… I had the honour to write you by the Ship Maryland,1 at which time the treaty was not ratified by the first Consul, that circumstance has at length taken place, and the differences between the two republics happily terminated, there remaining only the 5th article to be carried into execution.2 When I had the honour to write you, I beg’d to be employed in any manner that the President might think proper, and I still repeat my desire, but if the President has no immediate employ for me in the U. S., and should he conceive that it will be necessary to name Commissioners to carry that part of the treaty into execution, I shall esteem it a favour in you Sir, in procuring me the appointment [to] be one of them.…3
Printed extract (American Art Association Catalogue No. 7799, Frederick B. McGuire Collection , item 11). Listed as an “A.L.S., 2pp. 4to.”
2. Article 5 of the Franco-American Convention of 1800 provided that, except for indemnities claimed on the basis of captures or confiscations, debts “contracted by one of the two nations, with individuals of the other, or by the individuals of one, with the individuals of the other shall be paid, or the payment may be prosecuted in the same manner, as if there had been no misunderstanding between the two States” (Miller, Treaties description begins Hunter Miller, ed., Treaties and Other International Acts of the United States of America (8 vols.; Washington, 1930–48). description ends , 2:462).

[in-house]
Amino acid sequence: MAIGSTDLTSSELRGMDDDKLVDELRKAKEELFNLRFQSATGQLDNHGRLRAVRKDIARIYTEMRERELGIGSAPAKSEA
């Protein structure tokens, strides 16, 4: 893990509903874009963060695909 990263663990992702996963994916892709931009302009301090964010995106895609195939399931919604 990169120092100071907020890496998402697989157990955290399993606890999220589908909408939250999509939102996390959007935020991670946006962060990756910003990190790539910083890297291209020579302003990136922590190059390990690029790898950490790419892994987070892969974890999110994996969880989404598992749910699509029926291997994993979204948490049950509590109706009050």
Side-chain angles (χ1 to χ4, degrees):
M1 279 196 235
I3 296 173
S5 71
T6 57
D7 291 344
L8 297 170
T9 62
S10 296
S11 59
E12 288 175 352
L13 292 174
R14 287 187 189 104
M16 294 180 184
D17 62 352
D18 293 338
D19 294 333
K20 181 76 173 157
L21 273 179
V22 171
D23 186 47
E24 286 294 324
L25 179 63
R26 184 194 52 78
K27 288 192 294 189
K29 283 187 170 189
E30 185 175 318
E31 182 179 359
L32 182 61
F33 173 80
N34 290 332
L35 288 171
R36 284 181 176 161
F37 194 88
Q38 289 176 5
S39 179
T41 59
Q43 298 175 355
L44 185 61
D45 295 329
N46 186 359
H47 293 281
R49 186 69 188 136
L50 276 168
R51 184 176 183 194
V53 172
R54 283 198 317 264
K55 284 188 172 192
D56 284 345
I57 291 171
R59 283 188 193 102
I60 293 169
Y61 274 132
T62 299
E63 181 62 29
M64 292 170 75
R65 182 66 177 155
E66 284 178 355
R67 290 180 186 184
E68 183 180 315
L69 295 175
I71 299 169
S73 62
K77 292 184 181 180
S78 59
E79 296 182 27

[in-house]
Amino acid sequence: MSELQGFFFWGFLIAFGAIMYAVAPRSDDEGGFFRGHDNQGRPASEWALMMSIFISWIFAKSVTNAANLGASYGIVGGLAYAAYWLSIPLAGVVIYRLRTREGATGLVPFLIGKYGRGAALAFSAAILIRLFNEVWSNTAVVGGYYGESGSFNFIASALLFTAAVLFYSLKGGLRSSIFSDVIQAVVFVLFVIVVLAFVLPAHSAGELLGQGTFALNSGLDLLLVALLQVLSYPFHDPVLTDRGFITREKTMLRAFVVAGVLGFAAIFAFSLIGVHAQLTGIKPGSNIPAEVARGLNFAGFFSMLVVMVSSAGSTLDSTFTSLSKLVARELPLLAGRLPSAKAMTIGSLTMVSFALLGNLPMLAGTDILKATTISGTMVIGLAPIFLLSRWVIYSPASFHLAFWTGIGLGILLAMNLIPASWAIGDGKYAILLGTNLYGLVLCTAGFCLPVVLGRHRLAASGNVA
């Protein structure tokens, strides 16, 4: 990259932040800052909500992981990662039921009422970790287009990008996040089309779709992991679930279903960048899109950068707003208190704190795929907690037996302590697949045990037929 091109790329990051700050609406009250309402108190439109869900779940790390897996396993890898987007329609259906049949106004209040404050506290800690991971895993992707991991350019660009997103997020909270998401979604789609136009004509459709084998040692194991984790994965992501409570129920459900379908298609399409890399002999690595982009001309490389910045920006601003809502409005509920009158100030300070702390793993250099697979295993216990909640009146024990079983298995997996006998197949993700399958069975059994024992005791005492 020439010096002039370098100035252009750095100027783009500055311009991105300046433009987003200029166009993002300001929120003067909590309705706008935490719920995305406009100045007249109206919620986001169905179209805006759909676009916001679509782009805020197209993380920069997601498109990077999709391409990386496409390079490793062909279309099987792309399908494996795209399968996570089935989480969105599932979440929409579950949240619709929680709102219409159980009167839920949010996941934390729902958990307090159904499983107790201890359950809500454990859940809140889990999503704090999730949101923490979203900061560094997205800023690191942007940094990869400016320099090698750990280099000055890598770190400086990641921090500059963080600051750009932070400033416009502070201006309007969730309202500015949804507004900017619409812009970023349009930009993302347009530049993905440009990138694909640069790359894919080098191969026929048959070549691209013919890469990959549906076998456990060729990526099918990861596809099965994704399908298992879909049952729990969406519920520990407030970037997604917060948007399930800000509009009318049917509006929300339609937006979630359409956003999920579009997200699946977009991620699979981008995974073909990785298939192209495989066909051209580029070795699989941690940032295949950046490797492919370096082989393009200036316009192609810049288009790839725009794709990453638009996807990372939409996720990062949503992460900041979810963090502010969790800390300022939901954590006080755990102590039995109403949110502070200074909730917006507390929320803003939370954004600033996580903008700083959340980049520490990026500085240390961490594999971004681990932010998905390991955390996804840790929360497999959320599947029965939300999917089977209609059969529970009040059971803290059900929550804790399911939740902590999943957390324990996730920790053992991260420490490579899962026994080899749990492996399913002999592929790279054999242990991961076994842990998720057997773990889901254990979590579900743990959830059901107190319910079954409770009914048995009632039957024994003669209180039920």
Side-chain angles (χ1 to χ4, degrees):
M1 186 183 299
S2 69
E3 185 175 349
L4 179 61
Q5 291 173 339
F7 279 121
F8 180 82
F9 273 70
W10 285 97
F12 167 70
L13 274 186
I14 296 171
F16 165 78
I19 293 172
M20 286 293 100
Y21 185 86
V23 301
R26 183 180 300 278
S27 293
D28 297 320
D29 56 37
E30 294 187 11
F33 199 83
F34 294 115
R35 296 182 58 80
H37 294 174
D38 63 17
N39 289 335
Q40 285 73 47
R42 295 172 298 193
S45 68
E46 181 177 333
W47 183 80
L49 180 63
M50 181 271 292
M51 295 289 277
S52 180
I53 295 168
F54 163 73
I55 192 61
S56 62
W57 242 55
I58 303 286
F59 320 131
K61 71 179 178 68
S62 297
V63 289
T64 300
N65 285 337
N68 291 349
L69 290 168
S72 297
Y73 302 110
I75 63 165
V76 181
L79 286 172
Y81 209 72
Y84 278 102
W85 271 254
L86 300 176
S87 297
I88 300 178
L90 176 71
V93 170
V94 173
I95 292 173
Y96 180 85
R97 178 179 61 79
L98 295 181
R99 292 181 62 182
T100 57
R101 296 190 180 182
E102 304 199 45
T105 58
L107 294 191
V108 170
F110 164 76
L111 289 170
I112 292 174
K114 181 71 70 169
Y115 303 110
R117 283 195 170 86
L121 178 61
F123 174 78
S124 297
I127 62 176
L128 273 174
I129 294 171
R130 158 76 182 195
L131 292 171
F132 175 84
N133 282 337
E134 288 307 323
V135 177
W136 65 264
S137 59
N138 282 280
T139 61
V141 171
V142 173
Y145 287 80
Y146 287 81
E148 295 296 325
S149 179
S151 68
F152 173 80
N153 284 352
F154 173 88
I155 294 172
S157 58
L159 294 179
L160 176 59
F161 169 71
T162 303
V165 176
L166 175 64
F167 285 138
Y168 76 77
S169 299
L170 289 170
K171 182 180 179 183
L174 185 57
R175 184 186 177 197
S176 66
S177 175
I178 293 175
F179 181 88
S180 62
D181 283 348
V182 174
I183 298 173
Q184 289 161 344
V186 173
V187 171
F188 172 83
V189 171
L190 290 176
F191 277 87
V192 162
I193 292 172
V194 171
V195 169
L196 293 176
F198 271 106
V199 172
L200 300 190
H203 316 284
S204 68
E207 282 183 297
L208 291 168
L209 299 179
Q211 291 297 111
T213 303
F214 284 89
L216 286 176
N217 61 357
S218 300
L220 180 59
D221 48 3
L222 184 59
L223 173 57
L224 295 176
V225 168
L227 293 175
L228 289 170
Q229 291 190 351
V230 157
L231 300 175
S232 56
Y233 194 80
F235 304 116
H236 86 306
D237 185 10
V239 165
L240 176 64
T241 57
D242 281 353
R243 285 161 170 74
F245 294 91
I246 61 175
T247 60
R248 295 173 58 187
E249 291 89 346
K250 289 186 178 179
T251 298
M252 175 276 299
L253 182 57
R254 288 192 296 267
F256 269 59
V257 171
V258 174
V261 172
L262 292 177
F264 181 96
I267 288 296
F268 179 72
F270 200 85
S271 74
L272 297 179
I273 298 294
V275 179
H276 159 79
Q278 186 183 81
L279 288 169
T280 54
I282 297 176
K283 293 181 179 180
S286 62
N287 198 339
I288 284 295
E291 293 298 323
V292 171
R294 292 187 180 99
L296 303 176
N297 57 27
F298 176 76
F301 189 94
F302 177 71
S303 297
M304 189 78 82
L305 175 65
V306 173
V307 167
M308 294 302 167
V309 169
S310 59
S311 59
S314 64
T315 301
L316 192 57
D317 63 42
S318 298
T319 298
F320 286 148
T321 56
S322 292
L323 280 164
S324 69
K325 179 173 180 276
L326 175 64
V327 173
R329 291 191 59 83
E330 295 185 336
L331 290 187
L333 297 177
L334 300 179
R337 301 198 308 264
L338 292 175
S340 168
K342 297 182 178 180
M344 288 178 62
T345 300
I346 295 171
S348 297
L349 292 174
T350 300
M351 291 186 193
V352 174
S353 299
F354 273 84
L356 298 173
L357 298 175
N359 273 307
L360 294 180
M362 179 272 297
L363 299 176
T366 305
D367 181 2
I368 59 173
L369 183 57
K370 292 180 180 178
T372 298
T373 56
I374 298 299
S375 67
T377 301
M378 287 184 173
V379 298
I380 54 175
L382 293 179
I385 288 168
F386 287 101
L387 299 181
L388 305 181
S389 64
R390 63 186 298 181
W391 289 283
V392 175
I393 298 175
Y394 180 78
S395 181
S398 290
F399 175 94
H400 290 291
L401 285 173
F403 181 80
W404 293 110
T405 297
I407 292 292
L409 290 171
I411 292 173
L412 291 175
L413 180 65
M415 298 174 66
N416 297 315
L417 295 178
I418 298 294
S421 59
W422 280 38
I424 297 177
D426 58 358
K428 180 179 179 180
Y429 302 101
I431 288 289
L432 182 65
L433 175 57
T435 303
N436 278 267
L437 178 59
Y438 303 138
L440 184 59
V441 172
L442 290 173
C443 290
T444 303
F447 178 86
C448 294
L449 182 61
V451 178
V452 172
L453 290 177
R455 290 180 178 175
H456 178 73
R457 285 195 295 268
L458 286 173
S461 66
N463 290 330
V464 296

3. Barney, at the time a chef de division in the French navy, had already written Jefferson offering his services “in any manner you may be pleased to employ me.” Under new regulations excluding foreigners, he was pensioned by the French on 1 Jan. 1802 (Hulbert Footner, Sailor of Fortune: The Life and Adventures of Commodore Barney, U.S.N. [New York, 1940], pp. 231–33).